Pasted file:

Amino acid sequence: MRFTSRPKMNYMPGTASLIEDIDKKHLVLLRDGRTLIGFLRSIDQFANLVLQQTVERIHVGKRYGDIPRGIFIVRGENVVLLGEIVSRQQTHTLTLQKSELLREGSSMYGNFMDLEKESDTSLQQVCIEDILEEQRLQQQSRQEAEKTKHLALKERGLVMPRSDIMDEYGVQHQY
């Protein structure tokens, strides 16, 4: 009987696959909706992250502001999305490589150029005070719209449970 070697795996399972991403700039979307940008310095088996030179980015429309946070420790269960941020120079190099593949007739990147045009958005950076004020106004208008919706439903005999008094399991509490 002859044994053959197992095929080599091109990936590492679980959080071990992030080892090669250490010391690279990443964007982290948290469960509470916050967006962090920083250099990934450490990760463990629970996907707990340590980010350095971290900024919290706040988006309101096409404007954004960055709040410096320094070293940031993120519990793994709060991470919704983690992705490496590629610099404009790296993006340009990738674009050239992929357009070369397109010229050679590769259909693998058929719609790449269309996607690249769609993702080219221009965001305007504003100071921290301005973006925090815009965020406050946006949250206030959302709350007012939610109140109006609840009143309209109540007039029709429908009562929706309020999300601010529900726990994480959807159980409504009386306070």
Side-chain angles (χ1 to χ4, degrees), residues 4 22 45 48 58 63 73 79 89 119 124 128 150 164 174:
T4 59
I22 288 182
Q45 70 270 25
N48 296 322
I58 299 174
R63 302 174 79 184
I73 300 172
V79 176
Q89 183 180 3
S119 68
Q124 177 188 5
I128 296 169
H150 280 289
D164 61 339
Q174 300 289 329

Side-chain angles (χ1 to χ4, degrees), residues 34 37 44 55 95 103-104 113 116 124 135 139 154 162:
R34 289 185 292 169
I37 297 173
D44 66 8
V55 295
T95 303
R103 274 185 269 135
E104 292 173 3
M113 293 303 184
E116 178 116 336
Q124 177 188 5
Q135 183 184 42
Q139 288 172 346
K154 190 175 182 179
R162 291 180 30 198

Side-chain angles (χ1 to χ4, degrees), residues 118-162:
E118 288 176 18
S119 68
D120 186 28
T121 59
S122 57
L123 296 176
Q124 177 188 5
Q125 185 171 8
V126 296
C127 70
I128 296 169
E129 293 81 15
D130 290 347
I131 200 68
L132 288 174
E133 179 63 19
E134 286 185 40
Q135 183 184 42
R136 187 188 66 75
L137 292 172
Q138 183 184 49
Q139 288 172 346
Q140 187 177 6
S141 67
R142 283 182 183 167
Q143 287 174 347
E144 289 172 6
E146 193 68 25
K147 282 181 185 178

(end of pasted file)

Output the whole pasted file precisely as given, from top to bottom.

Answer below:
Amino acid sequence: MRFTSRPKMNYMPGTASLIEDIDKKHLVLLRDGRTLIGFLRSIDQFANLVLQQTVERIHVGKRYGDIPRGIFIVRGENVVLLGEIVSRQQTHTLTLQKSELLREGSSMYGNFMDLEKESDTSLQQVCIEDILEEQRLQQQSRQEAEKTKHLALKERGLVMPRSDIMDEYGVQHQY
């Protein structure tokens, strides 16, 4: 009987696959909706992250502001999305490589150029005070719209449970 070697795996399972991403700039979307940008310095088996030179980015429309946070420790269960941020120079190099593949007739990147045009958005950076004020106004208008919706439903005999008094399991509490 002859044994053959197992095929080599091109990936590492679980959080071990992030080892090669250490010391690279990443964007982290948290469960509470916050967006962090920083250099990934450490990760463990629970996907707990340590980010350095971290900024919290706040988006309101096409404007954004960055709040410096320094070293940031993120519990793994709060991470919704983690992705490496590629610099404009790296993006340009990738674009050239992929357009070369397109010229050679590769259909693998058929719609790449269309996607690249769609993702080219221009965001305007504003100071921290301005973006925090815009965020406050946006949250206030959302709350007012939610109140109006609840009143309209109540007039029709429908009562929706309020999300601010529900726990994480959807159980409504009386306070």
Side-chain angles (χ1 to χ4, degrees), residues 4 22 45 48 58 63 73 79 89 119 124 128 150 164 174:
T4 59
I22 288 182
Q45 70 270 25
N48 296 322
I58 299 174
R63 302 174 79 184
I73 300 172
V79 176
Q89 183 180 3
S119 68
Q124 177 188 5
I128 296 169
H150 280 289
D164 61 339
Q174 300 289 329

Side-chain angles (χ1 to χ4, degrees), residues 34 37 44 55 95 103-104 113 116 124 135 139 154 162:
R34 289 185 292 169
I37 297 173
D44 66 8
V55 295
T95 303
R103 274 185 269 135
E104 292 173 3
M113 293 303 184
E116 178 116 336
Q124 177 188 5
Q135 183 184 42
Q139 288 172 346
K154 190 175 182 179
R162 291 180 30 198

Side-chain angles (χ1 to χ4, degrees), residues 118-162:
E118 288 176 18
S119 68
D120 186 28
T121 59
S122 57
L123 296 176
Q124 177 188 5
Q125 185 171 8
V126 296
C127 70
I128 296 169
E129 293 81 15
D130 290 347
I131 200 68
L132 288 174
E133 179 63 19
E134 286 185 40
Q135 183 184 42
R136 187 188 66 75
L137 292 172
Q138 183 184 49
Q139 288 172 346
Q140 187 177 6
S141 67
R142 283 182 183 167
Q143 287 174 347
E144 289 172 6
E146 193 68 25
K147 282 181 185 178